Let every American, every lover of liberty, every well wisher to his posterity, swear by the blood of the Revolution, never to violate in the least particular, the laws of the country; and never to tolerate their violation by others.

As the patriots of seventy-six did to the support of the Declaration of Independence, so to the support of the Constitution and Laws, let every American pledge his life, his property, and his sacred honor; let every man remember that to violate the law, is to trample on the blood of his father, and to tear the charter of his own, and his children's liberty.

Let reverence for the laws, be breathed by every American mother, to the lisping babe, that prattles on her lap; let it be taught in schools, in seminaries, and in colleges; let it be written in Primers, spelling books, and in Almanacs; let it be preached from the pulpit, proclaimed in legislative halls, and enforced in courts of justice. And, in short, let it become the political religion of the nation; and Let the old and the young, the rich and the poor, the grave and the gay, of all sexes and tongues, and colors and conditions, sacrifice unceasingly upon its altars.

While ever a state of feeling, such as this, shall universally, or even, very generally prevail throughout the nation, vain will be every effort, and fruitless every attempt, to subvert our national freedom.


- Abraham Lincoln, January 27, 1838
  Address Before the Young Men's Lyceum of Springfield, Illinois

Sunday, August 26, 2007

Do You Know What It Means To Miss New Orleans?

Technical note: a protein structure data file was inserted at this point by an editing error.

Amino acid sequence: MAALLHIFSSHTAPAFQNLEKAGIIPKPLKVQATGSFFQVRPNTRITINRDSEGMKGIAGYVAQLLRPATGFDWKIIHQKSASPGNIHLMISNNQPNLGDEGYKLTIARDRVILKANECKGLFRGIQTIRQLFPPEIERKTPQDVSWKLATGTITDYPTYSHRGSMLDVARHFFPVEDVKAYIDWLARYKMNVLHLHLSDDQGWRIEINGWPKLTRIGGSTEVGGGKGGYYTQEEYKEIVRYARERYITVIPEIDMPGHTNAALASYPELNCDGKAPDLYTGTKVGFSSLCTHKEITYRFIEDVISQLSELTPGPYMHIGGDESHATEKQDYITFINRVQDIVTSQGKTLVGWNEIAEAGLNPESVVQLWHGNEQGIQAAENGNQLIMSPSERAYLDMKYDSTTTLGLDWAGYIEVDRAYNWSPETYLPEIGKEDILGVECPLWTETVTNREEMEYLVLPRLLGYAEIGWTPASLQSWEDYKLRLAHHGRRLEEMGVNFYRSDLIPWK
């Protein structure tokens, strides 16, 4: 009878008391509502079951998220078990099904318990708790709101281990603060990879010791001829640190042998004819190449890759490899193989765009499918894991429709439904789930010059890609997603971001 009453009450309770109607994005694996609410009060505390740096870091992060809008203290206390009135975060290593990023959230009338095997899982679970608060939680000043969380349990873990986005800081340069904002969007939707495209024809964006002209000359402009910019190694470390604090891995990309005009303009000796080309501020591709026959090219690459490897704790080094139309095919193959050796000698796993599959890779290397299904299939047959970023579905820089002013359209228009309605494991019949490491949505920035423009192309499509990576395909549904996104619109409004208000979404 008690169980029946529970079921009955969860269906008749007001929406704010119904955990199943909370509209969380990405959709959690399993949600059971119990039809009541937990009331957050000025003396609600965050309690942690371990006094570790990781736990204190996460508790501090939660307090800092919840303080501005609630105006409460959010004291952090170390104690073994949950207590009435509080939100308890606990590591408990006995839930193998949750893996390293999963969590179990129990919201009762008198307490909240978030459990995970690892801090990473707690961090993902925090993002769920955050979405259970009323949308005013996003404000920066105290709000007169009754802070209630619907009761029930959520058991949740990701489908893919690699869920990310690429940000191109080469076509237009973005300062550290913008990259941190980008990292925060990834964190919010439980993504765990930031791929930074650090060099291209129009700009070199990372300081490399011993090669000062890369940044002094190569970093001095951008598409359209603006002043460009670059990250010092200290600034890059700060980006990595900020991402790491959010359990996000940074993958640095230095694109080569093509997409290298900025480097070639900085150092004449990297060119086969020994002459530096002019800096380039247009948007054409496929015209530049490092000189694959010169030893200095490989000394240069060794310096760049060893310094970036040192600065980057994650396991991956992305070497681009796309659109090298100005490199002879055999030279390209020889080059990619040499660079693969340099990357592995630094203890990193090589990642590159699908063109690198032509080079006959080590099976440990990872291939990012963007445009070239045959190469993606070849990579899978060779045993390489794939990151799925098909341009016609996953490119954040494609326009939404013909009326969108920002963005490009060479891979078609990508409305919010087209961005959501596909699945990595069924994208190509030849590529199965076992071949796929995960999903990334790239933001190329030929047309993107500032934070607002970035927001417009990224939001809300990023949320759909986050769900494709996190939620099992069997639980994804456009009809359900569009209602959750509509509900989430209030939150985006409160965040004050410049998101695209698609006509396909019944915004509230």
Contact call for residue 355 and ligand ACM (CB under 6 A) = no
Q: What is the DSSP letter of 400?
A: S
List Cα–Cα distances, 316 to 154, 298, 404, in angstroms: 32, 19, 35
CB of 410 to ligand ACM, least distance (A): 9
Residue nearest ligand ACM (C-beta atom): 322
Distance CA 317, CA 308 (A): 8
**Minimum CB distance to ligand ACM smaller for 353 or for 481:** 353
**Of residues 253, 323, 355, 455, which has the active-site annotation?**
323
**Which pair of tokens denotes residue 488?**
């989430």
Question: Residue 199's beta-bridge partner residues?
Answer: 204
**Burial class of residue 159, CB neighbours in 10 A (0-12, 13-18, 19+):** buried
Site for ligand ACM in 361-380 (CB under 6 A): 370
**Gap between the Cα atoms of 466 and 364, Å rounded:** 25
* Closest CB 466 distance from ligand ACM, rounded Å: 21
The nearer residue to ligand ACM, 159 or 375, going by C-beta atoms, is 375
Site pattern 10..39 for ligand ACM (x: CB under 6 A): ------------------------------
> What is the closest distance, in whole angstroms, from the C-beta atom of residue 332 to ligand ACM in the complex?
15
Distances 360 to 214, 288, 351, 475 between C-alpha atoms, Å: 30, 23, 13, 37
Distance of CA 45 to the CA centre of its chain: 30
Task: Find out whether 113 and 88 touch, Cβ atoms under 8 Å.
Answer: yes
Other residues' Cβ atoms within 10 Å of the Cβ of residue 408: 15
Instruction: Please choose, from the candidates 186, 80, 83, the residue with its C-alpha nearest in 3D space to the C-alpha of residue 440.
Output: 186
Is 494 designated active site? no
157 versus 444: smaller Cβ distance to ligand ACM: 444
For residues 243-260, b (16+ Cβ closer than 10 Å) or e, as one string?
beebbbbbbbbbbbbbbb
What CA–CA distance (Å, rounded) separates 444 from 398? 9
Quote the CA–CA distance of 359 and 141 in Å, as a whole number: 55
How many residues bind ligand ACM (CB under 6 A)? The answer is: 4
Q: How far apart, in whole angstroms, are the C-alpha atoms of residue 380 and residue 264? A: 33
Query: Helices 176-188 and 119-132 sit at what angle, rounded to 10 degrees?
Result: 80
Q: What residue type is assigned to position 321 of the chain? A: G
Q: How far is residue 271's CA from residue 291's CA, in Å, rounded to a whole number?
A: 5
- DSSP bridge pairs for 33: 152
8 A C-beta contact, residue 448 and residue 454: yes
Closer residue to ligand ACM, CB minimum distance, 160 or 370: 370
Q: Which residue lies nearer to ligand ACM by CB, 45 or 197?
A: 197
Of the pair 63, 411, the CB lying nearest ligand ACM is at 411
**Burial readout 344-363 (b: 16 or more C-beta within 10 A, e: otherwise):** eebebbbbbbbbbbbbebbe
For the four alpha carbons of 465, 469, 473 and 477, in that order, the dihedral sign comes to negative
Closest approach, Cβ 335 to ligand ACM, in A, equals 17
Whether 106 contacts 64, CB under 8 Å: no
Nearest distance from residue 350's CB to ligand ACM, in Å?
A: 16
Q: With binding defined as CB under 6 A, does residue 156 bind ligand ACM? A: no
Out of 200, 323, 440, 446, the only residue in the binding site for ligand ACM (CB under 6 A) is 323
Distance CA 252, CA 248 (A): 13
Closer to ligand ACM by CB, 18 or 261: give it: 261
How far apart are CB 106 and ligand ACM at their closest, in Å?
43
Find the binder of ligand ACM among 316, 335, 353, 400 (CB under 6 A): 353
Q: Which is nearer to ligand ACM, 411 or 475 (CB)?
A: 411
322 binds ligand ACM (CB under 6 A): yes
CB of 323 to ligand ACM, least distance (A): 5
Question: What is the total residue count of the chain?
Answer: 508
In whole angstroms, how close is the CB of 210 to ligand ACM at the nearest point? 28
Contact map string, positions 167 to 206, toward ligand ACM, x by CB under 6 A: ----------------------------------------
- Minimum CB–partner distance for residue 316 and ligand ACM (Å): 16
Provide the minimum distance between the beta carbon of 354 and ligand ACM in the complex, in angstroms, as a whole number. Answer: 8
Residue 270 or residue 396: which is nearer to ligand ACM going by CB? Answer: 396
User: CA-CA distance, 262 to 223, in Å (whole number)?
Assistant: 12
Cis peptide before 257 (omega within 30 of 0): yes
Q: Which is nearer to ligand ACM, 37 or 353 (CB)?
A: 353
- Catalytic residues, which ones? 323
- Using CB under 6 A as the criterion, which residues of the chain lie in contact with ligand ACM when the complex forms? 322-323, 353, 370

Do you know what it means to miss New Orleans
And miss it each night and day
I know I'm not wrong
This feelings gettin stronger
The longer, I stay away
Miss them moss covered vines...the tall sugar pines
Where mockin birds used to sing
And I'd like to see that lazy Mississippi
Hurryin into spring
The moonlight on the bayou
A creole tune that fills the air
I dream about magnolias in bloom
And I'm wishin I was there

Two years this week since Katrina made landfall, spared New Orleans... only so it could drown by governmental neglect. Two years and I'm still not over it - and I don't even live there, although a piece of my heart drowned with the city.

This week I will be writing about New Orleans, the Gulf Coast, and the continuing neglect. I once had an entire blog devoted to Katrina and the aftermath. I tried to move on, but the pain is - today - as raw as it was two years ago. Betrayal is like that.



And where is our government? Absent. Uncaring. AWOL.

As the Washington Post so scathingly put it:

Two full years after the hurricane, the Big Easy is barely limping along, unable to make truly meaningful reconstruction progress. The most important issues concerning the city's long-term survival are still up in the air. Why is no Herculean clean-up effort underway? Why hasn't President Bush named a high-profile czar such as Colin Powell or James Baker to oversee the ongoing disaster? Where is the U.S. government's participation in the rebuilding?

And why are volunteers practically the only ones working to reconstruct homes in communities that may never again have sewage service, garbage collection or electricity?

Eventually, the volunteers' altruism turns to bewilderment and finally to outrage. They've been hoodwinked. The stalled recovery can't be blamed on bureaucratic inertia or red tape alone. Many volunteers come to understand what I've concluded is the heartless reality: The Bush administration actually wants these neighborhoods below sea level to die on the vine.



In the end, that is what keeps me here; keeps me in the blogging trenches day after day. New Orleans. My anger, pain, bewilderment, sadness and outrage. And I won't rest until there is justice for that beloved city.

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